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James van Riemsdyk of the Toronto Maple Leafs controls the puck between Jimmy Howard and Nick Jensen of the Detroit Red Wings at Joe Louis Arena on April 1, 2017 in Detroit, Michigan. (Gregory Shamus/Getty Images)
James van Riemsdyk of the Toronto Maple Leafs controls the puck between Jimmy Howard and Nick Jensen of the Detroit Red Wings at Joe Louis Arena on April 1, 2017 in Detroit, Michigan. (Gregory Shamus/Getty Images)

Leafs, learning to win late, ride rookies to 5-4 victory over Wings Add to ...

In the remarkable space of about three months, the Toronto Maple Leafs have morphed from the Panic Attack Kids to the Cardiac Kids.

The third period of every game is still a wild adventure but now the baby Leafs, led by their remarkable crop of rookies, are skating out of the chaos with wins rather than blowing leads. Thanks to Saturday night’s heart-stopping 5-4 win over the Detroit Red Wings, in the Leafs’ final game at Joe Louis Arena, they landed in second place in the NHL’s Atlantic Division with a tenuous grasp on home-ice advantage in the opening round of the playoffs.

“I think this is a good time of year for us to be playing well and for our whole team to be getting hot,” said the leading man in the Leafs’ rookie class, Auston Matthews, who scored twice and added an assist to tie a franchise record for points by a rookie in one season at 66. “You definitely learn from your mistakes.

“I think we’ve come a long way from the first couple of months of the season. There’s always room for improvement, always things we can get better at. At this point of the season, when we can close out these games, that’s definitely a good sign.”

What a ride it was until Matthews’s second goal of the game, with one minute 19 seconds left in the third period, seemingly put the game out of reach for the Red Wings. But the adventure wasn’t over, as the Wings pulled goaltender Jimmy Howard and stormed the Leafs end, with Mike Green scoring with 45 seconds left. The Leafs, though, with goaltender Frederik Andersen stepping up again (he faced 42 shots in total), hung on for the win to leave their record in their last 12 games at 10-2-1.

“That’s the thing we’re doing a lot better now, just creating offence when we’re up, not being scared and sitting back, letting them come to us,” said another of the rookies, Mitch Marner, who finished with a goal. “We’re taking it to them still. That’s what we’ve got to do more of.”

By the end of the night, the Leafs were tied in points with the Ottawa Senators, who lost 4-2 to the Winnipeg Jets, at 91 points. Both teams have five games left in the regular season, but the Leafs officially sit in second place because they have one more regulation or overtime win than the Sens.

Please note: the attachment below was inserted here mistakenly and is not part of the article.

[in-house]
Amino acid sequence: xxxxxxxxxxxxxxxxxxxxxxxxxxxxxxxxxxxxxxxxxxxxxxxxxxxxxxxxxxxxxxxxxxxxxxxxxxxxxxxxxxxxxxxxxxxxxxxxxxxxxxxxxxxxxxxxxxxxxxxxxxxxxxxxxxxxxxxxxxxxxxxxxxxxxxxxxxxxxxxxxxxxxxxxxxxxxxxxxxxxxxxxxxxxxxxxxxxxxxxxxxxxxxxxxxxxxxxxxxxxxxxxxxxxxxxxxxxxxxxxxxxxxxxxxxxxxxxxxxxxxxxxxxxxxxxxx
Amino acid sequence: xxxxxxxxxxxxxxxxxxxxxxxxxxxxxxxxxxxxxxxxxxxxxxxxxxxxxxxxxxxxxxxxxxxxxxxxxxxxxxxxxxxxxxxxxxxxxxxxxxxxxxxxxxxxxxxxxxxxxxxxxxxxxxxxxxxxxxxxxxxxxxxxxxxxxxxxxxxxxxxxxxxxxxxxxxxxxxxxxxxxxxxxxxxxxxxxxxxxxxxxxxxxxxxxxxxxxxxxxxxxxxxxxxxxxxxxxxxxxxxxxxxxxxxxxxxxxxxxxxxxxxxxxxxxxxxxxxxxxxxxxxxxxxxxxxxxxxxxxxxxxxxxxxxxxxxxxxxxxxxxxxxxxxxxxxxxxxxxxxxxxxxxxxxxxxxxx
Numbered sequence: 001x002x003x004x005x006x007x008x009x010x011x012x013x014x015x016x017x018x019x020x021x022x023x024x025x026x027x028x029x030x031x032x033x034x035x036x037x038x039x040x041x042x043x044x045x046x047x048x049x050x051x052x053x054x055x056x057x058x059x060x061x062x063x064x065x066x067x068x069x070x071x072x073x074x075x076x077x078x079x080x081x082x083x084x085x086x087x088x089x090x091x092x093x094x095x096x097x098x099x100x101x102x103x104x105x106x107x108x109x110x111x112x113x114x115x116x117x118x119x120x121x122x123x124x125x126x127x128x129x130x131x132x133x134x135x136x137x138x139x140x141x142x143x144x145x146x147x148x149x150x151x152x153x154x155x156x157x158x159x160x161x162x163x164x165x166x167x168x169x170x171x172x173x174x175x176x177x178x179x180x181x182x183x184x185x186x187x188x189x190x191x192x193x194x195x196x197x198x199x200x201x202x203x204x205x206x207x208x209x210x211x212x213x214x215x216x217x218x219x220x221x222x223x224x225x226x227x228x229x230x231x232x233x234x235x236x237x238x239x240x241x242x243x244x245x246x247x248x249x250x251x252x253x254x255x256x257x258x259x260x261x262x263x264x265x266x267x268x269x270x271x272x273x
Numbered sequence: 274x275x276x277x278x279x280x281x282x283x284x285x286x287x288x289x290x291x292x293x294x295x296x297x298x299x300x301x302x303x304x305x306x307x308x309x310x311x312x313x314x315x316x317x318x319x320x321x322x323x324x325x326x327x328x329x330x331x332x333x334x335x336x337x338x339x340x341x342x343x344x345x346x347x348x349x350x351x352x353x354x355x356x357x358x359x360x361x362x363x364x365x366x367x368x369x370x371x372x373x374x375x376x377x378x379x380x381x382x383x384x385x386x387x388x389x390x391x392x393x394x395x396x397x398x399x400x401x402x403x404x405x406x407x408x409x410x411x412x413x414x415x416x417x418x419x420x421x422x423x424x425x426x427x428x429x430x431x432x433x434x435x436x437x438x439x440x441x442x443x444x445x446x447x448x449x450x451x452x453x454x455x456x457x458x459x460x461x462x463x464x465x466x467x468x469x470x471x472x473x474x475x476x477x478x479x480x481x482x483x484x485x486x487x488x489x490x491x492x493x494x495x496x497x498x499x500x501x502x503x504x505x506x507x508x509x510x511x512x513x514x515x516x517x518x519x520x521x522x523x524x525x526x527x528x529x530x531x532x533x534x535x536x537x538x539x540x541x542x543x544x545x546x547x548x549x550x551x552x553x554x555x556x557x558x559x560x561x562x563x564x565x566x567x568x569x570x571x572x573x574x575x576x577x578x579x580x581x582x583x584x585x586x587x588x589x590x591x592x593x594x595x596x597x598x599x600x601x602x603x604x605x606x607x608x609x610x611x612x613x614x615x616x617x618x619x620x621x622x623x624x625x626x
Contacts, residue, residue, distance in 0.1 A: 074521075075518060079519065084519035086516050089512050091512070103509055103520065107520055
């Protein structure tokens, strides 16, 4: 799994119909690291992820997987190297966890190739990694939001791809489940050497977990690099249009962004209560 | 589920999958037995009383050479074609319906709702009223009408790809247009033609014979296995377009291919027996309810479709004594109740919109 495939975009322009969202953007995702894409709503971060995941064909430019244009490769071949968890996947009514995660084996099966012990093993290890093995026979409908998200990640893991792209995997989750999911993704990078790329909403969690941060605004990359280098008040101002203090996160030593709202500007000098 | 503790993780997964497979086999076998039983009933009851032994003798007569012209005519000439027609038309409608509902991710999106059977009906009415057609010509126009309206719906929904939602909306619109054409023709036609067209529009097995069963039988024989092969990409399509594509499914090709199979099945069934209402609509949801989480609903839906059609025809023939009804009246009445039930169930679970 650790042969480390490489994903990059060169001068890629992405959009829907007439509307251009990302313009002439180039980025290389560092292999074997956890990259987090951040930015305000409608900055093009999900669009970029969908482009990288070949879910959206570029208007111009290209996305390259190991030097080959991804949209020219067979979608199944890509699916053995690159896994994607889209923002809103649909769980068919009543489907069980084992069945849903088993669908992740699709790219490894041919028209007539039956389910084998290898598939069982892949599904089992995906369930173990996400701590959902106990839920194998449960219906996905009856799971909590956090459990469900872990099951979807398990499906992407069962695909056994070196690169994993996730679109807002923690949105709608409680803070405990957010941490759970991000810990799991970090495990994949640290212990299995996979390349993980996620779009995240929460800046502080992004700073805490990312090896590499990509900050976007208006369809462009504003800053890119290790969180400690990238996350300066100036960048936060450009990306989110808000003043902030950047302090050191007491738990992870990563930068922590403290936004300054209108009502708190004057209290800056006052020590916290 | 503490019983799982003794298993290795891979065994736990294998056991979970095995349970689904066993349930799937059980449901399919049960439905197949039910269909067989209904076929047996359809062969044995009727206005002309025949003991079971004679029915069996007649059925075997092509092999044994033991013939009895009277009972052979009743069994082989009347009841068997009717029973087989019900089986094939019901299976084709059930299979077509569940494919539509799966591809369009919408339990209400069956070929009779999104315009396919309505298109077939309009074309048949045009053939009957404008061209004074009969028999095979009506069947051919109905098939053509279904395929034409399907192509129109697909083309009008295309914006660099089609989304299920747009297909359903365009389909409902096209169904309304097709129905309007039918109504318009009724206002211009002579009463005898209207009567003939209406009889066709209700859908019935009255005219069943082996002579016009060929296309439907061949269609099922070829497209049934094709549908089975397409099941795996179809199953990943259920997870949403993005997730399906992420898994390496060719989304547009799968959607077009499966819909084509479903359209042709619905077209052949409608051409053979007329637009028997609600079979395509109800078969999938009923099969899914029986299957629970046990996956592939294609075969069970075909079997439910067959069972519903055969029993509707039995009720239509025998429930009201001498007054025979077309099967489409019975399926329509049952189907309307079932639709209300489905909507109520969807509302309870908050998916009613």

The usual crowd of Leafs fans made the cross-border trek to The Joe, which will fall to the wrecker’s ball after the Wings move to their new arena next season, so there was a distinct postseason atmosphere for the game. Duelling chants were the main feature from the crowd, with the Leafs fanatics adding a quick “Go Leafs Go!” to the end of every “Let’s Go Red Wings!” chant, making them sound as one.

“It was crazy,” Marner said. “Back and forth, go Leafs go. On the bench, you can feel the atmosphere.”

While the Leafs skated hard in the first period, the Wings had the better scoring chances and emerged with a 1-0 lead on a goal from Gustav Nyquist. But Matthews tied the score early in the second with his first goal of the game on a power play. The Leafs took a 3-1 lead by 15:08 on goals from Marner and William Nylander, the second time this season all three star rookies scored in one game.

But the Red Wings fought back to tie the score with Nick Jensen scoring late in the second and Niklas Kronwall providing the tying goal at 14:41 of the third period. That set up the wild finish, as James van Riemsdyk and Matthews, with his 38th of the season, scored within 77 seconds.

“In the second half of the year, we started to not shoot ourselves in the foot as much, making the right play, making the high-percentage play,” Van Riemsdyk said. “When you’re not giving away those free goals, it makes a huge difference in the game. You’re not chasing games as much. We’ve got guys that have been coming through, delivering in the big moments in games.”

None have been coming through more than Matthews, who ended a seven-game stretch without a point on March 18. Since then, he has seven goals and four assists in eight games. His 66 points are now tied with Peter Ihnacak (1982-83) for most points in one season by a rookie.

“That would be awesome,” Matthews said of the prospect of hitting 40 goals, which would top Sidney Crosby’s rookie total by one, although he was quick to add it is not a priority. “You play the right way and that kind of stuff takes care of itself.”

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